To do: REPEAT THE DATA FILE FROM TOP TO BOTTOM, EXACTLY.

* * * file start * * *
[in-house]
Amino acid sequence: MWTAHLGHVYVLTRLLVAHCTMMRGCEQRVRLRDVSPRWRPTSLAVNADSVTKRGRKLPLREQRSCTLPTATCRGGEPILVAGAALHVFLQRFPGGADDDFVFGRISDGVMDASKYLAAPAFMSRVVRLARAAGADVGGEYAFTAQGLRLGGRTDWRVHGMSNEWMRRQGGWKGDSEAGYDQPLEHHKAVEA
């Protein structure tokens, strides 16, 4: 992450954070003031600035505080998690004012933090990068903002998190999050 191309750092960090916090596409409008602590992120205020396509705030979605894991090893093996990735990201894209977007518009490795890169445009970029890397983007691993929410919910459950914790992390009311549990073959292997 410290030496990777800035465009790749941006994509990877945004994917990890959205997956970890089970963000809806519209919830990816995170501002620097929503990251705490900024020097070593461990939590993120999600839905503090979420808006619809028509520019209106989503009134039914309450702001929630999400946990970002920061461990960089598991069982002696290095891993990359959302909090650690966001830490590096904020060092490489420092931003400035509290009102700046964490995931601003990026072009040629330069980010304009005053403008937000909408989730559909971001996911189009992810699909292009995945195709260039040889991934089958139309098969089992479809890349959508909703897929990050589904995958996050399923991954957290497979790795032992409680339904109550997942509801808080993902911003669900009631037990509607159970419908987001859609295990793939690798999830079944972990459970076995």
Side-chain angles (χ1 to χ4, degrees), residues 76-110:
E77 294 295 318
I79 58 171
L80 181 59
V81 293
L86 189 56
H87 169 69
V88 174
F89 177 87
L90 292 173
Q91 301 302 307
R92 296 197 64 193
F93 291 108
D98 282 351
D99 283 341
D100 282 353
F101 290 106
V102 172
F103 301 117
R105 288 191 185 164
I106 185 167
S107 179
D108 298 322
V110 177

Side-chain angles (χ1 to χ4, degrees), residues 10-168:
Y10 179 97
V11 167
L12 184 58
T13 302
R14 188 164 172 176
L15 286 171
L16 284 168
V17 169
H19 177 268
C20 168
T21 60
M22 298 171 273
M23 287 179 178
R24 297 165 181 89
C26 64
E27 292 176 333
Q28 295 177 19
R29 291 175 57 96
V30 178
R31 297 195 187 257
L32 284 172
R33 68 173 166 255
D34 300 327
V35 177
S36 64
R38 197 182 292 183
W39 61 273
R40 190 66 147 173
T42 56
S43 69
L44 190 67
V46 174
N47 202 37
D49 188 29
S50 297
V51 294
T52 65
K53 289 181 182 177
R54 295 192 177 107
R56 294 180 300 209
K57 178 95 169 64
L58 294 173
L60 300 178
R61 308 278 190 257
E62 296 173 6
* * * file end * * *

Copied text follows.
[in-house]
Amino acid sequence: MWTAHLGHVYVLTRLLVAHCTMMRGCEQRVRLRDVSPRWRPTSLAVNADSVTKRGRKLPLREQRSCTLPTATCRGGEPILVAGAALHVFLQRFPGGADDDFVFGRISDGVMDASKYLAAPAFMSRVVRLARAAGADVGGEYAFTAQGLRLGGRTDWRVHGMSNEWMRRQGGWKGDSEAGYDQPLEHHKAVEA
């Protein structure tokens, strides 16, 4: 992450954070003031600035505080998690004012933090990068903002998190999050 191309750092960090916090596409409008602590992120205020396509705030979605894991090893093996990735990201894209977007518009490795890169445009970029890397983007691993929410919910459950914790992390009311549990073959292997 410290030496990777800035465009790749941006994509990877945004994917990890959205997956970890089970963000809806519209919830990816995170501002620097929503990251705490900024020097070593461990939590993120999600839905503090979420808006619809028509520019209106989503009134039914309450702001929630999400946990970002920061461990960089598991069982002696290095891993990359959302909090650690966001830490590096904020060092490489420092931003400035509290009102700046964490995931601003990026072009040629330069980010304009005053403008937000909408989730559909971001996911189009992810699909292009995945195709260039040889991934089958139309098969089992479809890349959508909703897929990050589904995958996050399923991954957290497979790795032992409680339904109550997942509801808080993902911003669900009631037990509607159970419908987001859609295990793939690798999830079944972990459970076995």
Side-chain angles (χ1 to χ4, degrees), residues 76-110:
E77 294 295 318
I79 58 171
L80 181 59
V81 293
L86 189 56
H87 169 69
V88 174
F89 177 87
L90 292 173
Q91 301 302 307
R92 296 197 64 193
F93 291 108
D98 282 351
D99 283 341
D100 282 353
F101 290 106
V102 172
F103 301 117
R105 288 191 185 164
I106 185 167
S107 179
D108 298 322
V110 177

Side-chain angles (χ1 to χ4, degrees), residues 10-168:
Y10 179 97
V11 167
L12 184 58
T13 302
R14 188 164 172 176
L15 286 171
L16 284 168
V17 169
H19 177 268
C20 168
T21 60
M22 298 171 273
M23 287 179 178
R24 297 165 181 89
C26 64
E27 292 176 333
Q28 295 177 19
R29 291 175 57 96
V30 178
R31 297 195 187 257
L32 284 172
R33 68 173 166 255
D34 300 327
V35 177
S36 64
R38 197 182 292 183
W39 61 273
R40 190 66 147 173
T42 56
S43 69
L44 190 67
V46 174
N47 202 37
D49 188 29
S50 297
V51 294
T52 65
K53 289 181 182 177
R54 295 192 177 107
R56 294 180 300 209
K57 178 95 169 64
L58 294 173
L60 300 178
R61 308 278 190 257
E62 296 173 6